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Pilates, the method of exercise and movement gaining in popularity among celebrities in recent years, has proved to be an excellent rehab niche for a hospital-based facility in Wisconsin. Pronounced "puh-lah-tees," the technique is named after Joseph Pilates, who founded the method and first taught it to dancers.
"One of the tremendous things about Pilates is it offers such a variety of rehab training," says Angela Kneale Buckholtz, OTR, occupational therapist with Howard Young Physical Medicine & Rehabilitation in Woodruff, WI.
Rehab therapists can use Pilate machines and techniques to treat patients with low levels of function, such as those who have difficulty moving due to chronic pain or a stroke, or a high-level athlete who is recovering from a hamstring injury, Buckholtz says.
The rehab facility, which has eight beds and satellite sites in Mercer, WI, and Eagle River, WI, purchased a Pilates clinical reformer machine two years ago. The facility’s physiatrist learned about Pilates and pushed for the rehab facility to buy the $3,500 unit, Buckholtz explains.
"The machine is unlike most anything else I’ve ever seen," she says. "It’s described as about the size of a twin-sized bed with a system of springs and a carriage that moves, with a foot bar and lots of adjustments available for tension and positioning."
Clients lie supine on the clinical reformer, which helps to strengthen their muscles and forces them to focus on core control. The a goal if for all their movements to become comfortable, Buckholtz adds. "I work with people who have chronic pain in a variety of body regions, and so this is specifically appropriate for them to strengthen their core control," she says. "You can put people into position and select exercises they’ll be very successful at."
Buckholtz helps chronic pain patients see that they can move without pain on the first set of exercises, and then she builds on that until they can stand and walk more freely. "It helps improve body awareness and posture, confidence in movement," she says. "It’s the ultimate mind-body workout."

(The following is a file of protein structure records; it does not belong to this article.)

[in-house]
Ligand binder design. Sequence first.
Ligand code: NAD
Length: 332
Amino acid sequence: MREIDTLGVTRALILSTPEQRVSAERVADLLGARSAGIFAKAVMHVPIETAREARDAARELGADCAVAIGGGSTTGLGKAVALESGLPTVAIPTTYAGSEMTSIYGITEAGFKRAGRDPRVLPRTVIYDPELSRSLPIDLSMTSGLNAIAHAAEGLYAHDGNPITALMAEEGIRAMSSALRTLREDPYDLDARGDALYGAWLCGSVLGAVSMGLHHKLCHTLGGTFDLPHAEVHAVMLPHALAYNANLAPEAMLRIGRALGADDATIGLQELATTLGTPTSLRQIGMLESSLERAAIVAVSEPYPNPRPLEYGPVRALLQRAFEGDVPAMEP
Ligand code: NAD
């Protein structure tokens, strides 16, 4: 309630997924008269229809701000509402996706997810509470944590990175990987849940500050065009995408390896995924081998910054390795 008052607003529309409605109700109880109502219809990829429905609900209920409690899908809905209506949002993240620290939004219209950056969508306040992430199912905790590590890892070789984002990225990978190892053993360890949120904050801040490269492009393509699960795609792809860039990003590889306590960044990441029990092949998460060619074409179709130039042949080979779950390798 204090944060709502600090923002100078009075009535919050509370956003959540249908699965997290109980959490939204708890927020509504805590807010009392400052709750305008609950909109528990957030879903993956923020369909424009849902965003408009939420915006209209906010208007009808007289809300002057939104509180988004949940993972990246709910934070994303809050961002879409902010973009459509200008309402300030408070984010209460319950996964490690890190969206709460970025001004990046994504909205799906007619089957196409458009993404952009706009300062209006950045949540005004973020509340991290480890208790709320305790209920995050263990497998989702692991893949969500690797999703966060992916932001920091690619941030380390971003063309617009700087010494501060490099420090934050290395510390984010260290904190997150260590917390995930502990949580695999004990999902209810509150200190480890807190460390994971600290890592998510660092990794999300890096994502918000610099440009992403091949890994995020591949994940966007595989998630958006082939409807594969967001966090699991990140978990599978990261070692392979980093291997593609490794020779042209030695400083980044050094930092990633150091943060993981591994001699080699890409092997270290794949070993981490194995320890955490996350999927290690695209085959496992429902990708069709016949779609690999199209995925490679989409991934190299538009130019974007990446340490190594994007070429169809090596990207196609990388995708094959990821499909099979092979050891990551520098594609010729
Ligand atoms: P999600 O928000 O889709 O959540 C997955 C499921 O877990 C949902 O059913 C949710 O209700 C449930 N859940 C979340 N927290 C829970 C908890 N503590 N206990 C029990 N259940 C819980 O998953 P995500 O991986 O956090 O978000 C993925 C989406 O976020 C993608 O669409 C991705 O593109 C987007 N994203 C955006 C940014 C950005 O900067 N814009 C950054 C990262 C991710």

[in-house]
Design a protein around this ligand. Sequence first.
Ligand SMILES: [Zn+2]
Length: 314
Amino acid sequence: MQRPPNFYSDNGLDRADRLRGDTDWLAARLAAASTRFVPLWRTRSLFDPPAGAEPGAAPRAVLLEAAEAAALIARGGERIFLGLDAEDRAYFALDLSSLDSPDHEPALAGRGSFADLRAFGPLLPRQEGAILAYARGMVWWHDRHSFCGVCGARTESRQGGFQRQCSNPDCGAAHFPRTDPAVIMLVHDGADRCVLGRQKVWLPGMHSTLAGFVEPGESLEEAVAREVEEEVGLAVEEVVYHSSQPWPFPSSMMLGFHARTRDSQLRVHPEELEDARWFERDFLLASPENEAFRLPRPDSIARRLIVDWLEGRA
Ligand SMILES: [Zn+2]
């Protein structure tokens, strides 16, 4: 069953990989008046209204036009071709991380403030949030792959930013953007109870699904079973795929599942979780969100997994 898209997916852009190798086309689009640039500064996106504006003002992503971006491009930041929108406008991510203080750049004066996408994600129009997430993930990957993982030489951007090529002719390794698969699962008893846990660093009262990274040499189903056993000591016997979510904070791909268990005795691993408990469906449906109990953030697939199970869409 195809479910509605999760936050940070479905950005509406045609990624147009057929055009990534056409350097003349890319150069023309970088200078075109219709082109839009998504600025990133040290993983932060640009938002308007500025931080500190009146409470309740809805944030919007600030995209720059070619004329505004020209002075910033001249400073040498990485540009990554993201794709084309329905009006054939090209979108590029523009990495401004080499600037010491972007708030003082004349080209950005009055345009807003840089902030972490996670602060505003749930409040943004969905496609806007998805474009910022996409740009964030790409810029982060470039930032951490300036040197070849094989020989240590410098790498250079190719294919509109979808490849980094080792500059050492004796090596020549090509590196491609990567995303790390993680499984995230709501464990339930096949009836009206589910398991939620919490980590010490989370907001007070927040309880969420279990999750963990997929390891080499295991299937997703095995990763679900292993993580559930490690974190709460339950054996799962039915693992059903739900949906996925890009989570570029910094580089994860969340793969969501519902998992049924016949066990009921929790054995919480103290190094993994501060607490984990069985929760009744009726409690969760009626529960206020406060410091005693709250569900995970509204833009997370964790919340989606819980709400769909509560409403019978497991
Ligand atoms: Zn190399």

People trained on Pilates soon incorporate its method of proper positioning into their daily activities.
Buckholtz uses Pilates techniques chiefly for chronic pain and musculoskeletal patients. She’s also used it when working with patients recovering from a cerebral vascular accident. She hasn’t used it for spinal cord injury or traumatic brain injury patients.
The staff received a day and a half of training on Pilates from a Pilates expert who has a dance background. The trainer showed them how to use the clinical reformer and also how to do some mat exercises that patients could continue to practice while at home. The Pilates reformer arrived with training videos.
Buckholtz received further training through Stott’s Conditioning in Toronto, with the goal of becoming certified for teaching others the technique. Some Pilates courses focus specifically on rehabilitation injuries and special populations, others on dance theory, using the machines, and movement during pregnancy.
Soon after the rehab facility began to use the Pilates equipment and technique, the staff held an open house attended by about 100 people. "We’ve had a lot of interest from healthy people because we all have our little quirks," Buckholtz says.
The one machine has been put to good use, with the facility’s physical therapists and occupational therapists incorporating it into regular therapy for inpatients and outpatients. It’s also incorporated into the multidisciplinary pain management program.
Reimbursement isn’t an issue since the technique doesn’t require a physician’s order, and it’s not reimbursed separately from other therapy interventions, Buckholtz says.
Since the rehab facility currently has space limitations, preventing the purchase of more Pilates machines, there hasn’t been the need for further marketing, she adds. "We hope the program will expand, and we’ll purchase other pieces of equipment."
Although the rehab facility has not measured outcomes from the use of Pilates, Buckholtz says the anecdotal evidence proves its value.
"I’ve seen people learn to move comfortably for the first time in a very long time in their lives, and especially those with chronic pain," Buckholtz says. "They’ve been able to successfully relearn and rebalance muscles, relearn motor control, and become comfortable with activities in their daily lives."
• Angela Kneale Buckholtz, OTR, Occupational Therapist, Howard Young Physical Medicine & Rehabilitation, 240 Maple St., Woodruff, WI 54568. Telephone: (715) 356-8870. Fax: (715) 356-8079.